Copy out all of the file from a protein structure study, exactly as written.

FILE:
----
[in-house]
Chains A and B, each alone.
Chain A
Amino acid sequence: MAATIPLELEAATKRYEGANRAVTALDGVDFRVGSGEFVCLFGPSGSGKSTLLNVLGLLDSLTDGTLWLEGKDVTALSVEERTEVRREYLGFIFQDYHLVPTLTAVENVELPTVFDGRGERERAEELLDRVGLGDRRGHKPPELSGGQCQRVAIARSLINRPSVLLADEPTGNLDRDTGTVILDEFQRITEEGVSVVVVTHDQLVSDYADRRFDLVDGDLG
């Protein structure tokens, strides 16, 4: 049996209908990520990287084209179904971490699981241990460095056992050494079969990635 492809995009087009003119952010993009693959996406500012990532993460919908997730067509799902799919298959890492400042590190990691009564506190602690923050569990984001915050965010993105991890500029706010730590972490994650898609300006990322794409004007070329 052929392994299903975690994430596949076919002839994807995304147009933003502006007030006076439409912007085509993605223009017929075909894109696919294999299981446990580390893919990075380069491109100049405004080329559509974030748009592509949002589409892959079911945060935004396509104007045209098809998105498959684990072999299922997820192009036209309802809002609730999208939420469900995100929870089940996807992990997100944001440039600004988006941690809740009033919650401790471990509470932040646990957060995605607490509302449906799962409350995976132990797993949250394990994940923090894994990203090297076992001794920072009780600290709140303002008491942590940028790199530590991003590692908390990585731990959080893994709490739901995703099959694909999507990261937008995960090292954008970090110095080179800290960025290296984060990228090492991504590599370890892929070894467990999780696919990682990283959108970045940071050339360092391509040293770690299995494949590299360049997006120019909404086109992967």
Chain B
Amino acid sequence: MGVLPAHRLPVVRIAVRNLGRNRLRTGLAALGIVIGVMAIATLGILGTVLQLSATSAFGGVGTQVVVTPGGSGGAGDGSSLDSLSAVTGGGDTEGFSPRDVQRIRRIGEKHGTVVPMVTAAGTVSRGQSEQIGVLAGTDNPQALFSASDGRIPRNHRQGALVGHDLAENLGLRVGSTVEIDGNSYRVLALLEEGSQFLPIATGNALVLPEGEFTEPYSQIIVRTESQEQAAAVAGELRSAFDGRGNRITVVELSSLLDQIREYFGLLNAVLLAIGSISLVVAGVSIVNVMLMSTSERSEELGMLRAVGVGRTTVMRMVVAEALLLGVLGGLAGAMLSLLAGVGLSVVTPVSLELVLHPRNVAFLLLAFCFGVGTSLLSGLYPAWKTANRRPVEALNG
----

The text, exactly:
[in-house]
Chains A and B, each alone.
Chain A
Amino acid sequence: MAATIPLELEAATKRYEGANRAVTALDGVDFRVGSGEFVCLFGPSGSGKSTLLNVLGLLDSLTDGTLWLEGKDVTALSVEERTEVRREYLGFIFQDYHLVPTLTAVENVELPTVFDGRGERERAEELLDRVGLGDRRGHKPPELSGGQCQRVAIARSLINRPSVLLADEPTGNLDRDTGTVILDEFQRITEEGVSVVVVTHDQLVSDYADRRFDLVDGDLG
């Protein structure tokens, strides 16, 4: 049996209908990520990287084209179904971490699981241990460095056992050494079969990635 492809995009087009003119952010993009693959996406500012990532993460919908997730067509799902799919298959890492400042590190990691009564506190602690923050569990984001915050965010993105991890500029706010730590972490994650898609300006990322794409004007070329 052929392994299903975690994430596949076919002839994807995304147009933003502006007030006076439409912007085509993605223009017929075909894109696919294999299981446990580390893919990075380069491109100049405004080329559509974030748009592509949002589409892959079911945060935004396509104007045209098809998105498959684990072999299922997820192009036209309802809002609730999208939420469900995100929870089940996807992990997100944001440039600004988006941690809740009033919650401790471990509470932040646990957060995605607490509302449906799962409350995976132990797993949250394990994940923090894994990203090297076992001794920072009780600290709140303002008491942590940028790199530590991003590692908390990585731990959080893994709490739901995703099959694909999507990261937008995960090292954008970090110095080179800290960025290296984060990228090492991504590599370890892929070894467990999780696919990682990283959108970045940071050339360092391509040293770690299995494949590299360049997006120019909404086109992967």
Chain B
Amino acid sequence: MGVLPAHRLPVVRIAVRNLGRNRLRTGLAALGIVIGVMAIATLGILGTVLQLSATSAFGGVGTQVVVTPGGSGGAGDGSSLDSLSAVTGGGDTEGFSPRDVQRIRRIGEKHGTVVPMVTAAGTVSRGQSEQIGVLAGTDNPQALFSASDGRIPRNHRQGALVGHDLAENLGLRVGSTVEIDGNSYRVLALLEEGSQFLPIATGNALVLPEGEFTEPYSQIIVRTESQEQAAAVAGELRSAFDGRGNRITVVELSSLLDQIREYFGLLNAVLLAIGSISLVVAGVSIVNVMLMSTSERSEELGMLRAVGVGRTTVMRMVVAEALLLGVLGGLAGAMLSLLAGVGLSVVTPVSLELVLHPRNVAFLLLAFCFGVGTSLLSGLYPAWKTANRRPVEALNG